Anyone who is vaguely familiar with World War II and the events that led up to it has almost certainly heard Nazi Germany referred to as "the Third Reich." The term is a literal translation of "das dritte Reich," the term the Nazis themselves coined to describe their administration of Germany. In this context, the word "Reich" is almost never translated into English, which I've always found really interesting. We know that there have to be at least three of them, but "Reich" is a word that has no intuitive or immediately obvious English equivalent. So what exactly is a Reich, and if the Nazis controlled the third one, what happened to the first two?
When the word "Reich" is used in non-Nazi contexts, it's usually translated as "Empire." The best-known example of this would be what we in English now call the Holy Roman Empire, which is rendered in German as das Heiliges Römisches Reich. This term is itself a translation of the Latin Sacrum Imperium Romanum, which means the same thing. The "Holy" qualifier was added to distinguish it from the original Roman Empire, known in German as das Römisches Reich and in Latin as Imperium Romanum. So should the Third Reich really be called the Third Empire?
Not exactly. Everyone is (hopefully) aware that not all words have exact equivalents in other languages. We also know that words can have their meanings change over time, which further compounds the problems in making one-to-one translations. A related example would be the Latin word "Imperator," which is the basis for the English word Emperor as well as related words in other languages (e.g., emperador in Spanish, empereur in French, etc.). "Imperator" was originally a title with a meaning similar to "field commander," and it is of course related to the previously mentioned word "Imperium," which originally meant "area of control."
Now at this point, you might be thinking "ok, but clearly there is a relationship between the concept of an 'empire' and an 'area of control.'" And you'd be correct! It is, however, a long jump from one to the other. "Imperium" could refer to the entire Roman Empire or it could also simply refer to one office-holder's particular area of responsibility. "Reich" is an adequate translation of the original meaning of "Imperium" in the sense that it means an area of control, but again, that's a far cry from an "empire" in the sense that we understand it today.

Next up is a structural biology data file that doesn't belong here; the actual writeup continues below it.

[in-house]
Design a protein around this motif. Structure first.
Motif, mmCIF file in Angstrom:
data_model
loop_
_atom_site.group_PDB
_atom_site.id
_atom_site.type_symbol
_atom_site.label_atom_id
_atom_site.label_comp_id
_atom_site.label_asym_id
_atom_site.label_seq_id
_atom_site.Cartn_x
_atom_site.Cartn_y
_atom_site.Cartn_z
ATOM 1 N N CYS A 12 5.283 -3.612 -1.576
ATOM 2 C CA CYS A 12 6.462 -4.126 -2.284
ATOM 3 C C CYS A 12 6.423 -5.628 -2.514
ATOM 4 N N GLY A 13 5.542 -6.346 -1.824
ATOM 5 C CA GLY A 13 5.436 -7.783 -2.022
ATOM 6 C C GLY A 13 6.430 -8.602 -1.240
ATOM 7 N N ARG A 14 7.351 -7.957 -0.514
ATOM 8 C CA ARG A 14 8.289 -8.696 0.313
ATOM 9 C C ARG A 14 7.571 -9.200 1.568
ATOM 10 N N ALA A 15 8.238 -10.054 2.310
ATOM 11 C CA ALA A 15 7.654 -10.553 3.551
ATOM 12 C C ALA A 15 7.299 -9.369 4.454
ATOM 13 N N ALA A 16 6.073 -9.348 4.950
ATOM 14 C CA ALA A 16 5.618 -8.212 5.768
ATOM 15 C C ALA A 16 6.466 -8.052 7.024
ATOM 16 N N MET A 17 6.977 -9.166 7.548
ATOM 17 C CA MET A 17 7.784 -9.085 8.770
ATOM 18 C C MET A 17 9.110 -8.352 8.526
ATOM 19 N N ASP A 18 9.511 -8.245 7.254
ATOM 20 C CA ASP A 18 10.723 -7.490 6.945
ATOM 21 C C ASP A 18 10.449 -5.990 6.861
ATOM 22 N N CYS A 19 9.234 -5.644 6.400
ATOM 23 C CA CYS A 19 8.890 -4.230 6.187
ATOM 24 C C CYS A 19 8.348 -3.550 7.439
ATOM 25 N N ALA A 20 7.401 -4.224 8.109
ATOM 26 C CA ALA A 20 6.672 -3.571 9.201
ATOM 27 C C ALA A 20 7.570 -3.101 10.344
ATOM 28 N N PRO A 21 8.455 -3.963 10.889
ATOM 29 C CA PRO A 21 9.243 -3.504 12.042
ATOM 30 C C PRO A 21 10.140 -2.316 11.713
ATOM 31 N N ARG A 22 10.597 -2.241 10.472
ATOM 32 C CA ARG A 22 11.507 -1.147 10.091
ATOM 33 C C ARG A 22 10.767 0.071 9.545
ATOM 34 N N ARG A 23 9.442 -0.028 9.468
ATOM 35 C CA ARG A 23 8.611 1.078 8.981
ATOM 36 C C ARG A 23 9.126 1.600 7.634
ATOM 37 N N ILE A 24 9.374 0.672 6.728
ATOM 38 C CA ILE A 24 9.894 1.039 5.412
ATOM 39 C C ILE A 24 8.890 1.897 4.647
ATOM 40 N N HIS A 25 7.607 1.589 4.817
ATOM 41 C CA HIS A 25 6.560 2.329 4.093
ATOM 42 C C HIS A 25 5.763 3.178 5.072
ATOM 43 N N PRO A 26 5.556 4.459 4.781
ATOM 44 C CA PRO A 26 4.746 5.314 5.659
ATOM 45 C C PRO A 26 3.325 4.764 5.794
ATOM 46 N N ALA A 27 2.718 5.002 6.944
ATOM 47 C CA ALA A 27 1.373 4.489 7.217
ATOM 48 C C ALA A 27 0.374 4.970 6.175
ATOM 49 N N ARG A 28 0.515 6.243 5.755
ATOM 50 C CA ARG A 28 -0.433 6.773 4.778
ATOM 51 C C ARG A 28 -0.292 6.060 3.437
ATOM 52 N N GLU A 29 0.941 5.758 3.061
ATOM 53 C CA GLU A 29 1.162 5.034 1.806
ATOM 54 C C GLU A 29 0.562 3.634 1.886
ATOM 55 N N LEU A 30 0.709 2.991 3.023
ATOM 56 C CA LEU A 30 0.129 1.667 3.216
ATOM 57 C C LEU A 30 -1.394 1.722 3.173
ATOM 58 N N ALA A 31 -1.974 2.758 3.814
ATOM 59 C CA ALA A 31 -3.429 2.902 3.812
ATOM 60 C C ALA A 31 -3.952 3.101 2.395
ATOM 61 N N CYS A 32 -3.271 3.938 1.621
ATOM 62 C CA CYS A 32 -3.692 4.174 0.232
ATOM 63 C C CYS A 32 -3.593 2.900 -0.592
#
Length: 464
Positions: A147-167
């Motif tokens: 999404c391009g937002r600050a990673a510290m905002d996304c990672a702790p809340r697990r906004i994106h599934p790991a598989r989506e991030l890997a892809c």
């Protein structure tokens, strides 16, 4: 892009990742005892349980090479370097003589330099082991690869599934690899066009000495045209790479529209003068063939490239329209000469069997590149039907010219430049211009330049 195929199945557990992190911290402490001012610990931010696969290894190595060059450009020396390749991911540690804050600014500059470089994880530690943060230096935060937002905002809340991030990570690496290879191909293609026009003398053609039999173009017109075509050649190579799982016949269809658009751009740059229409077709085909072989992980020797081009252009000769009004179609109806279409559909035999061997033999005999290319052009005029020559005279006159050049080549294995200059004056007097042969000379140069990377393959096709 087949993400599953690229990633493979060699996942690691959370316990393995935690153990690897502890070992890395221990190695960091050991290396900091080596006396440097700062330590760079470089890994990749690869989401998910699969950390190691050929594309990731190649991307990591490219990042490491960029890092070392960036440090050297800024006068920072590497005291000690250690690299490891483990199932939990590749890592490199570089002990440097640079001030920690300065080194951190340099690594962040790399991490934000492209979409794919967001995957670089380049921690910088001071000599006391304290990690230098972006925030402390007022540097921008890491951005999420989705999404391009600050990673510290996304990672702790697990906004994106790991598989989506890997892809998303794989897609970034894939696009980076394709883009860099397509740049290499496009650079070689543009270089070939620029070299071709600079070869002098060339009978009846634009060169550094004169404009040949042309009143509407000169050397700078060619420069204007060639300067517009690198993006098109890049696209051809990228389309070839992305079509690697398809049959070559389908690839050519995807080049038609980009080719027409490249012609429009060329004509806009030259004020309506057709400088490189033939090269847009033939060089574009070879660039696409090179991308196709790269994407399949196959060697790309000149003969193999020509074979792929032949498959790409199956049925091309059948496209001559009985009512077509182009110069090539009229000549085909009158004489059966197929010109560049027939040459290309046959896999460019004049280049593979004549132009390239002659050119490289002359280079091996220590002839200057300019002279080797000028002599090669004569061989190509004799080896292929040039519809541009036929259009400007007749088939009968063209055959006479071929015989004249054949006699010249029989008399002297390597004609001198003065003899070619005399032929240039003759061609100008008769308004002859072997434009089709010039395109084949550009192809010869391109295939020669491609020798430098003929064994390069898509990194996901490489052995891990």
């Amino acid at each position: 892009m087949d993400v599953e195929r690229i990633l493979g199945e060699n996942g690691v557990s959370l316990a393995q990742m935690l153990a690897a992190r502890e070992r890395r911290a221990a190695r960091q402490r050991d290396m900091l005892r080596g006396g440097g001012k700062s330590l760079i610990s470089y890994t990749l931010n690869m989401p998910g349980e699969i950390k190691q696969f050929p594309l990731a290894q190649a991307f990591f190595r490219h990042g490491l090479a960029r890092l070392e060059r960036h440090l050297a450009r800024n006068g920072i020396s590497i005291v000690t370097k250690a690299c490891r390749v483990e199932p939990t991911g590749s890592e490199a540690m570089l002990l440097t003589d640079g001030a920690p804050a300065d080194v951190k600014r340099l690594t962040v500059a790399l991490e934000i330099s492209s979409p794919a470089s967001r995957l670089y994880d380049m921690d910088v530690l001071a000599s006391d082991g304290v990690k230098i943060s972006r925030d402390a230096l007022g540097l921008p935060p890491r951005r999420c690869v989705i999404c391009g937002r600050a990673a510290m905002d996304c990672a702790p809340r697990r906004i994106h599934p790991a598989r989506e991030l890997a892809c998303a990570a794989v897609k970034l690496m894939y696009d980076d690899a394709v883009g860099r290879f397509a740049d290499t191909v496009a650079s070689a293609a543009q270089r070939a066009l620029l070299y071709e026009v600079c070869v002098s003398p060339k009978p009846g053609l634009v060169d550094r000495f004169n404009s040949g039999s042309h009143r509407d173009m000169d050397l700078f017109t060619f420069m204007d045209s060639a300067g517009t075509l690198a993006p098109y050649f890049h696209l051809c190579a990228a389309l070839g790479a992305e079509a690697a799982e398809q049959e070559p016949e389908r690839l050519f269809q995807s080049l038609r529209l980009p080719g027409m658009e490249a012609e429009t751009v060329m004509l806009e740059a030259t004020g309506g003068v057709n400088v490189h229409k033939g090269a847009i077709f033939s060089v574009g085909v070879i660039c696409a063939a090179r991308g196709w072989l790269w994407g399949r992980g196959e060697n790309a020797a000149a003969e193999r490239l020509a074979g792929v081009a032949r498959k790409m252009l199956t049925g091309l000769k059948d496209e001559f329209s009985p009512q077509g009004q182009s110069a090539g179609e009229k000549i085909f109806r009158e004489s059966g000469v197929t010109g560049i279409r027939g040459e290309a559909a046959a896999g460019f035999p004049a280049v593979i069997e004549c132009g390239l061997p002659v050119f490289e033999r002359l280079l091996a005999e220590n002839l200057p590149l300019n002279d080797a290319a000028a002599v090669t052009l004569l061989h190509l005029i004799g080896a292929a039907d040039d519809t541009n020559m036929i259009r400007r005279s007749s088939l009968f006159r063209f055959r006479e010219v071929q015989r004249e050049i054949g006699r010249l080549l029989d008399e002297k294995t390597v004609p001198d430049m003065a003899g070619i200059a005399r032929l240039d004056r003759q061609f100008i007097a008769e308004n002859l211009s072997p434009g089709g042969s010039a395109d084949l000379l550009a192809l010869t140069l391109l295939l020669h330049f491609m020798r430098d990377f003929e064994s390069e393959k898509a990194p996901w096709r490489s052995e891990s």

German, of course, is an Indo-European language. This is a massive language family that also includes English, Latin (and its descendants), Greek, Sanskrit, Farsi, and far too many others to list here. All of these languages ultimately derive from one proto-language that is helpfully called proto-Indo-European. Many Indo-European languages have words beginning with an R sound that refer in some way to power, authority, control, or related concepts. Obviously the German "Reich" is the most pertinent example, but others would include the Latin "Rex" or the Sanskrit "Raj." In modern English (by way of medieval French), we have a word that conveys a similar meaning to "Reich," which is "Realm" (and indeed, that is my preferred translation for the word "Reich"). Even that, however, is not perfect because the word "realm" implies something that is under royal (French "réal") control while a Reich does not necessarily need a king or queen. So even though I think "realm" is the best translation from a practical standpoint, let's get more pedantic!
I mentioned before that "Reich" is usually translated as "empire" in most non-Nazi contexts, so let's look at some other examples in German where it's not. The German word for France is "Frankreich," literally the Reich of the Franks (an ancient Germanic tribe that inhabited what we now call France after the fall of the Roman Empire in the West). The German word for Austria is "Österreich," the Eastern Reich. Even common nouns like Köningsreich (kingdom, literally "king's Reich") and Kaiserreich (empire, literally "emperor's Reich") use the word.
You'll also see forms of it in Germanic languages other than German: for example, the Swedish word for Sweden is Sverige, the Swede Reich while the official name of Norway in Norwegian is Kongeriket Norge, the Kingdom (King's Reich) of Norway. English is also a Germanic language, and believe it or not, there is one archaic word that has survived to modern times that retains the early English form of the word "Reich" in this context: bishopric, the area of a bishop's control. However, the word "ric" is obviously not in use in modern English, so while that's not going to work, there is one more word we should look at.
Modern English does in fact have a word related to "Reich" that deals with both geography and something within one's control, and that word is "Reach." It would be a somewhat more literary use of the word, e.g., "all this territory is within the king's reach," or something similar, but the meaning is clear. I know it's a little anti-climactic that we're just switching one letter in the word, but languages are like that sometimes, and I think there's probably a very old etymological relationship between the two words. For the record, though, I still think "realm" communicates the intended meaning of "Reich" the best out of any of the options so far.